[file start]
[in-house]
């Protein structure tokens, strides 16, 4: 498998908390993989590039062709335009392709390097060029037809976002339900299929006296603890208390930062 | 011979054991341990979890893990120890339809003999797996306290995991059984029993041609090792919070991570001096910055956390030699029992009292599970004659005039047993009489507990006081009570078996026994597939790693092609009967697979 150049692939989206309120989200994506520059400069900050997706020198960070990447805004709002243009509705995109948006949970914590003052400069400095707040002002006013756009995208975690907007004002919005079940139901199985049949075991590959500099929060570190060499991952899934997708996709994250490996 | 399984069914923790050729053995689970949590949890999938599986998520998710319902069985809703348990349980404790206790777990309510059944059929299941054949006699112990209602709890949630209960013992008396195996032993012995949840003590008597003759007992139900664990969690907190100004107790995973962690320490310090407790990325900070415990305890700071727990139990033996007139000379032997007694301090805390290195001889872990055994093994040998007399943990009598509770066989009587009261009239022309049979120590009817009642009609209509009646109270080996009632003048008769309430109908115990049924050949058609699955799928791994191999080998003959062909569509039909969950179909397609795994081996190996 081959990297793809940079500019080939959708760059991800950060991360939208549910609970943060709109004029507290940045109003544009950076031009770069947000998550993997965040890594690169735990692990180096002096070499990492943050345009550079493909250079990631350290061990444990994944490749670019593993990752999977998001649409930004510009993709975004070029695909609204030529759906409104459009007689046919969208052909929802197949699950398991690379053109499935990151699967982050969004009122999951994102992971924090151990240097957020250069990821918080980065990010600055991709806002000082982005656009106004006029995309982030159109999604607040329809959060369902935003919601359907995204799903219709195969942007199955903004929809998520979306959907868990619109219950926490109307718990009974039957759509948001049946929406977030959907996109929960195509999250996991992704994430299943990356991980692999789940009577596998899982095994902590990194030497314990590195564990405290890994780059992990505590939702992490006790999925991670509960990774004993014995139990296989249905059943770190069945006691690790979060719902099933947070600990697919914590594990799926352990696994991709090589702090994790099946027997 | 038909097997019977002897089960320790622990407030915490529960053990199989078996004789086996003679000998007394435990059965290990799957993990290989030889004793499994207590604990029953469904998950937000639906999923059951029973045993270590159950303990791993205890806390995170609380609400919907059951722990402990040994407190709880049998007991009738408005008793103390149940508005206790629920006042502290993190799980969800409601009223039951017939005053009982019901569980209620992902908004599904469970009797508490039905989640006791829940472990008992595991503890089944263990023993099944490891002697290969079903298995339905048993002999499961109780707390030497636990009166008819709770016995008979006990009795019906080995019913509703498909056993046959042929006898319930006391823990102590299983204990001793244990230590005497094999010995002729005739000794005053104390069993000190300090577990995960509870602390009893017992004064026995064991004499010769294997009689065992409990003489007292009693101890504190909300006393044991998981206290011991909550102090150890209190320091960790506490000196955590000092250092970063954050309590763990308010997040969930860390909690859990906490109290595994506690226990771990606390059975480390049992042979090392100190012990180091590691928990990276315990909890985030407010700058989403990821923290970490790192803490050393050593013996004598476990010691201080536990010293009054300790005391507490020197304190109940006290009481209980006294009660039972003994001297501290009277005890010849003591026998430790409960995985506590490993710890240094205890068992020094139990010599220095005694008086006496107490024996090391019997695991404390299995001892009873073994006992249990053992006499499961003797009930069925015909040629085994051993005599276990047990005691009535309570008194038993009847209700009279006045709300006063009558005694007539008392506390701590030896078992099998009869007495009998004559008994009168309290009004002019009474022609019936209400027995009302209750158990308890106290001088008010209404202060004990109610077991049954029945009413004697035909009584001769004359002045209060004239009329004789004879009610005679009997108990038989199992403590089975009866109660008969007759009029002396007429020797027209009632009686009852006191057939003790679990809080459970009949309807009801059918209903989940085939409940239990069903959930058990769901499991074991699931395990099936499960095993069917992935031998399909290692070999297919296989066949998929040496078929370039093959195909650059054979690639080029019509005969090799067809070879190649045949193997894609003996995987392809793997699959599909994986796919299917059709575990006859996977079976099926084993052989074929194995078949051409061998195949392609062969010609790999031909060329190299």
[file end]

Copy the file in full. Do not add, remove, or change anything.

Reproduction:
[in-house]
């Protein structure tokens, strides 16, 4: 498998908390993989590039062709335009392709390097060029037809976002339900299929006296603890208390930062 | 011979054991341990979890893990120890339809003999797996306290995991059984029993041609090792919070991570001096910055956390030699029992009292599970004659005039047993009489507990006081009570078996026994597939790693092609009967697979 150049692939989206309120989200994506520059400069900050997706020198960070990447805004709002243009509705995109948006949970914590003052400069400095707040002002006013756009995208975690907007004002919005079940139901199985049949075991590959500099929060570190060499991952899934997708996709994250490996 | 399984069914923790050729053995689970949590949890999938599986998520998710319902069985809703348990349980404790206790777990309510059944059929299941054949006699112990209602709890949630209960013992008396195996032993012995949840003590008597003759007992139900664990969690907190100004107790995973962690320490310090407790990325900070415990305890700071727990139990033996007139000379032997007694301090805390290195001889872990055994093994040998007399943990009598509770066989009587009261009239022309049979120590009817009642009609209509009646109270080996009632003048008769309430109908115990049924050949058609699955799928791994191999080998003959062909569509039909969950179909397609795994081996190996 081959990297793809940079500019080939959708760059991800950060991360939208549910609970943060709109004029507290940045109003544009950076031009770069947000998550993997965040890594690169735990692990180096002096070499990492943050345009550079493909250079990631350290061990444990994944490749670019593993990752999977998001649409930004510009993709975004070029695909609204030529759906409104459009007689046919969208052909929802197949699950398991690379053109499935990151699967982050969004009122999951994102992971924090151990240097957020250069990821918080980065990010600055991709806002000082982005656009106004006029995309982030159109999604607040329809959060369902935003919601359907995204799903219709195969942007199955903004929809998520979306959907868990619109219950926490109307718990009974039957759509948001049946929406977030959907996109929960195509999250996991992704994430299943990356991980692999789940009577596998899982095994902590990194030497314990590195564990405290890994780059992990505590939702992490006790999925991670509960990774004993014995139990296989249905059943770190069945006691690790979060719902099933947070600990697919914590594990799926352990696994991709090589702090994790099946027997 | 038909097997019977002897089960320790622990407030915490529960053990199989078996004789086996003679000998007394435990059965290990799957993990290989030889004793499994207590604990029953469904998950937000639906999923059951029973045993270590159950303990791993205890806390995170609380609400919907059951722990402990040994407190709880049998007991009738408005008793103390149940508005206790629920006042502290993190799980969800409601009223039951017939005053009982019901569980209620992902908004599904469970009797508490039905989640006791829940472990008992595991503890089944263990023993099944490891002697290969079903298995339905048993002999499961109780707390030497636990009166008819709770016995008979006990009795019906080995019913509703498909056993046959042929006898319930006391823990102590299983204990001793244990230590005497094999010995002729005739000794005053104390069993000190300090577990995960509870602390009893017992004064026995064991004499010769294997009689065992409990003489007292009693101890504190909300006393044991998981206290011991909550102090150890209190320091960790506490000196955590000092250092970063954050309590763990308010997040969930860390909690859990906490109290595994506690226990771990606390059975480390049992042979090392100190012990180091590691928990990276315990909890985030407010700058989403990821923290970490790192803490050393050593013996004598476990010691201080536990010293009054300790005391507490020197304190109940006290009481209980006294009660039972003994001297501290009277005890010849003591026998430790409960995985506590490993710890240094205890068992020094139990010599220095005694008086006496107490024996090391019997695991404390299995001892009873073994006992249990053992006499499961003797009930069925015909040629085994051993005599276990047990005691009535309570008194038993009847209700009279006045709300006063009558005694007539008392506390701590030896078992099998009869007495009998004559008994009168309290009004002019009474022609019936209400027995009302209750158990308890106290001088008010209404202060004990109610077991049954029945009413004697035909009584001769004359002045209060004239009329004789004879009610005679009997108990038989199992403590089975009866109660008969007759009029002396007429020797027209009632009686009852006191057939003790679990809080459970009949309807009801059918209903989940085939409940239990069903959930058990769901499991074991699931395990099936499960095993069917992935031998399909290692070999297919296989066949998929040496078929370039093959195909650059054979690639080029019509005969090799067809070879190649045949193997894609003996995987392809793997699959599909994986796919299917059709575990006859996977079976099926084993052989074929194995078949051409061998195949392609062969010609790999031909060329190299």